Author of "Your Journey from Fired to Hired"
Career Advice

Eight Must Avoid Mistakes in Corporate America

Unlike many people I never had the desire to work in Corporate America.  The idea of being a “number” in a huge organization and being confined to a building all day, going to meetings and living the cubicle life sounded like prison to this country girl.

So after college I began working for a mid-sized family owned company.  The job I thought would be a resume builder to my next big thing turned out to be a 20 year career.  Each time I became a little bored they challenged me with a new position or initiative.  Life was great….until that fateful day I decided I’d outgrown what they could offer.

Since I was approaching the big 40, and thinking more about retirement, I decided it was time for me to find something that offered a true pension instead of the 401K I had contributed to for the last couple of decades.  And so I threw caution to the wind and justified that perhaps in my youth I had sold Corporate America short.  I did some networking with friends and quickly found myself interviewing for a training position with a Fortune 600 firm.

I landed the job.  It came complete with a pension…..and a pay cut, a cubicle, days filled with meetings, the loss of my company car, and tons of growth opportunities.  I was stretched in many fabulous ways and some that weren’t so grand.  Ultimately I made some great friends, some mistakes and was eventually fired.

While I don’t believe I “deserved” to lose my job, with the clarity only time can bring I certainly see red flags I didn’t at the time

  1. No Passion. I fought to be engaged during my entire incarceration in Corporate America.  The topics I found myself discussing on a daily basis were simply uninteresting to me.
  2. No Value. I was a super star in the family-owned company I left.  In the “big building” I struggled to make a difference.  Adding value was as important to my self-confidence (not to mention self-esteem!) as it was to my supervisors.  But there were simply too many people doing the same I thing I did and I found myself in a constant “me too” position.
  3. Worked too hard. My worker bee style had been the pillar of my career before making the move.  So I naturally tried the same approach in Corporate America.  Yet like a hamster on a wheel, the faster I ran, the fuller my plate became.  If I instead would have spent half the time on self-improvement that I do now things may have played out differently.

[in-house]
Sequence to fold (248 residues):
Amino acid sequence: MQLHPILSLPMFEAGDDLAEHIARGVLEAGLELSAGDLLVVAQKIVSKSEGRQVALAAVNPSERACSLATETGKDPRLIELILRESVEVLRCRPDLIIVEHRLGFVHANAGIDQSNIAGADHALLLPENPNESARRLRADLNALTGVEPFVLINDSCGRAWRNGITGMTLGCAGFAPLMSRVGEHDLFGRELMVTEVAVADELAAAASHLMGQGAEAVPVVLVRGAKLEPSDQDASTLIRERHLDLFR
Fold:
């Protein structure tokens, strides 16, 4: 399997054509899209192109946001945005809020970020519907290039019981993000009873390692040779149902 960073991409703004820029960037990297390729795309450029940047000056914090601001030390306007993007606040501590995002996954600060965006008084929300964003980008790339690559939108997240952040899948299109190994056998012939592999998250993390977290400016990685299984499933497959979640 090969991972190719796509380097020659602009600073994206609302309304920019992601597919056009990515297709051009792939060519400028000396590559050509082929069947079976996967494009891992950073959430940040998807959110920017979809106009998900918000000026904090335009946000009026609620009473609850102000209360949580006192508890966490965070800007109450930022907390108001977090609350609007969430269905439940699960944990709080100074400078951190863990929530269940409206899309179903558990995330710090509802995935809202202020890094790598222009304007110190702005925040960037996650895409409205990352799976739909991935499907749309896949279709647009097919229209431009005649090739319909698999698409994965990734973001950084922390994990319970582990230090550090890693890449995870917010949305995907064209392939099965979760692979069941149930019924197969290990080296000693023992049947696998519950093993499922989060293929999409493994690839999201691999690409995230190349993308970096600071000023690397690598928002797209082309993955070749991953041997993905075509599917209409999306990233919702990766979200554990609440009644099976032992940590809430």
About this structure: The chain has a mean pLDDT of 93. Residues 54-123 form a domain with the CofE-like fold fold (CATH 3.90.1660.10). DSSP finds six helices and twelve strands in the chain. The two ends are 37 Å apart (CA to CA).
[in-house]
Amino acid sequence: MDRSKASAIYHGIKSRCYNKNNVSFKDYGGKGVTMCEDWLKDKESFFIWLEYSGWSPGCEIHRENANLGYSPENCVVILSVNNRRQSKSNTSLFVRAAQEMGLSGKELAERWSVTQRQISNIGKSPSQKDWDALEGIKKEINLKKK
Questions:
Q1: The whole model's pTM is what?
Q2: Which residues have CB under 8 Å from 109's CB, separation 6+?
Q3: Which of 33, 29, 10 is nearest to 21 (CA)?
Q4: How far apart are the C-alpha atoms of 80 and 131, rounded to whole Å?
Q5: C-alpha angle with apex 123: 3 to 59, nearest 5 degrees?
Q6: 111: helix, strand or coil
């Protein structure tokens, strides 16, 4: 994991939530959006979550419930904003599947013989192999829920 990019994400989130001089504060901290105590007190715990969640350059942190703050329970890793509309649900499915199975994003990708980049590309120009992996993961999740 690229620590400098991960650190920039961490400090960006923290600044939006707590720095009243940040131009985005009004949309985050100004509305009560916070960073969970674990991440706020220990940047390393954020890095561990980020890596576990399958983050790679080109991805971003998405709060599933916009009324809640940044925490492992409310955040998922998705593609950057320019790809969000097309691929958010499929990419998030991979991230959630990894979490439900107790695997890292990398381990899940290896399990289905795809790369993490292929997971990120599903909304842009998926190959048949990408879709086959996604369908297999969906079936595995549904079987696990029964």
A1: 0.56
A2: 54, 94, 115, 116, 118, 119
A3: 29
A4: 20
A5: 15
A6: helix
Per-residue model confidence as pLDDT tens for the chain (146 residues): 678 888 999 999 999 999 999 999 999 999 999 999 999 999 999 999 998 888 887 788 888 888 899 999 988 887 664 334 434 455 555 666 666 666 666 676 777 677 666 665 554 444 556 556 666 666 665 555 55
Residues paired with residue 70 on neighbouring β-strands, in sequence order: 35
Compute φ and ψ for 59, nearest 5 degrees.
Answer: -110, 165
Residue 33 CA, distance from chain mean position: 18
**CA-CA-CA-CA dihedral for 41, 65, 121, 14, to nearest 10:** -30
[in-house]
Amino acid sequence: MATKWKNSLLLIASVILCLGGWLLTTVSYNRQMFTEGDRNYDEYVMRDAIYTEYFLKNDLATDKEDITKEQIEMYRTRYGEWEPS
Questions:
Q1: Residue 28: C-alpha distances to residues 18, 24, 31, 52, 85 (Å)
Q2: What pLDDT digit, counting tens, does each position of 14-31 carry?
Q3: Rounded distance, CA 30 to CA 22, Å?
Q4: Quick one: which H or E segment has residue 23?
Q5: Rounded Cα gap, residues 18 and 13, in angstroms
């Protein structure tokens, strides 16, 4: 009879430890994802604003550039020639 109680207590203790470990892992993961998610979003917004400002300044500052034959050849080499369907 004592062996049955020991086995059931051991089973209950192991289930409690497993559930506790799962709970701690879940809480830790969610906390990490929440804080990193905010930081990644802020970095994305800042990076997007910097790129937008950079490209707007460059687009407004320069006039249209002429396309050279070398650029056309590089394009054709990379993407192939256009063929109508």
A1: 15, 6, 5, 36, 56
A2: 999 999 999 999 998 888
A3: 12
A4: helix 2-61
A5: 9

4. Chased the money. After just 18 months in my new gig, I decided I needed to get my pay scale back to where it was prior to the switch.  As fate would have it, some management positions were open in my department.  I landed one of the positions WAY too soon in my corporate career and reported to a boss with a tumultuous reputation at best.  No one has the market cornered on bad boss stories (although I might come close!), but I made the move for all the wrong reasons.  The almighty dollar was my only motivation.
  5. Too confident. There were signs (in retrospect many of them!) that I wasn’t a “fit” in Corporate America.  But I was simply too confident in my abilities to admit defeat.  I truly believed that I could and would grow into the employee they wanted.  After all, in my entire career I had never been faced with a boss that didn’t love my contributions…not to mention me personally.
  6. Not confident enough. It may seem odd that an over and under confidence in my abilities could occur at the same time but without a doubt it did.  On multiple occasions I allowed upper management to change my style and approach in an effort to “please” them and supposedly move the corporate goals forward.  In retrospect, I should have stayed true to my management style and treated folks differently.  But at the time, I was fighting for survival myself.  The direction was crystal clear so I followed it in an effort (unsuccessfully!) to keep my job.  My team deserved better.
  7. Didn't Fit. In fairness my entire career in Corporate America occurred in just one department.  Perhaps things would have ended differently if I had taken the initiative to move to a different area of the organization.  And perhaps I would have found all the same ill-fitting qualities.  It’s certainly nothing that keeps me up at night, but in retrospect I should have tried the “fit” elsewhere in the company instead of just putting my head down and thinking tomorrow would be better.
  8. Ignored the heart. Ultimately the biggest mistake I made was ignoring my core values.  I knew as a high school graduate that deep in my heart I had no desire to work in the “big building.”  But I sold out myself and my passions for all the wrong reasons.

I guess all prisoners learn something while serving “their time.” And I’m no different.  My skill levels and knowledge grew exponentially.   I also learned a great deal about myself.  I was reminded of who I am, what I want from my career and what’s important to me personally.

Am I glad I tried Corporate America?  You bet!  And am I happy as hell to be out of there?  Absolutely!

Article written by:

Kathi Miller-Miller is a sought after career specialist and author of “Your Journey from Fired to Hired.” Kathi draws on her 25+ years of success (and failures!) to offer her readers advice on topics ranging from dealing with a boss that drives you crazy to managing millennials...all in a light-hearted and easy to read style.

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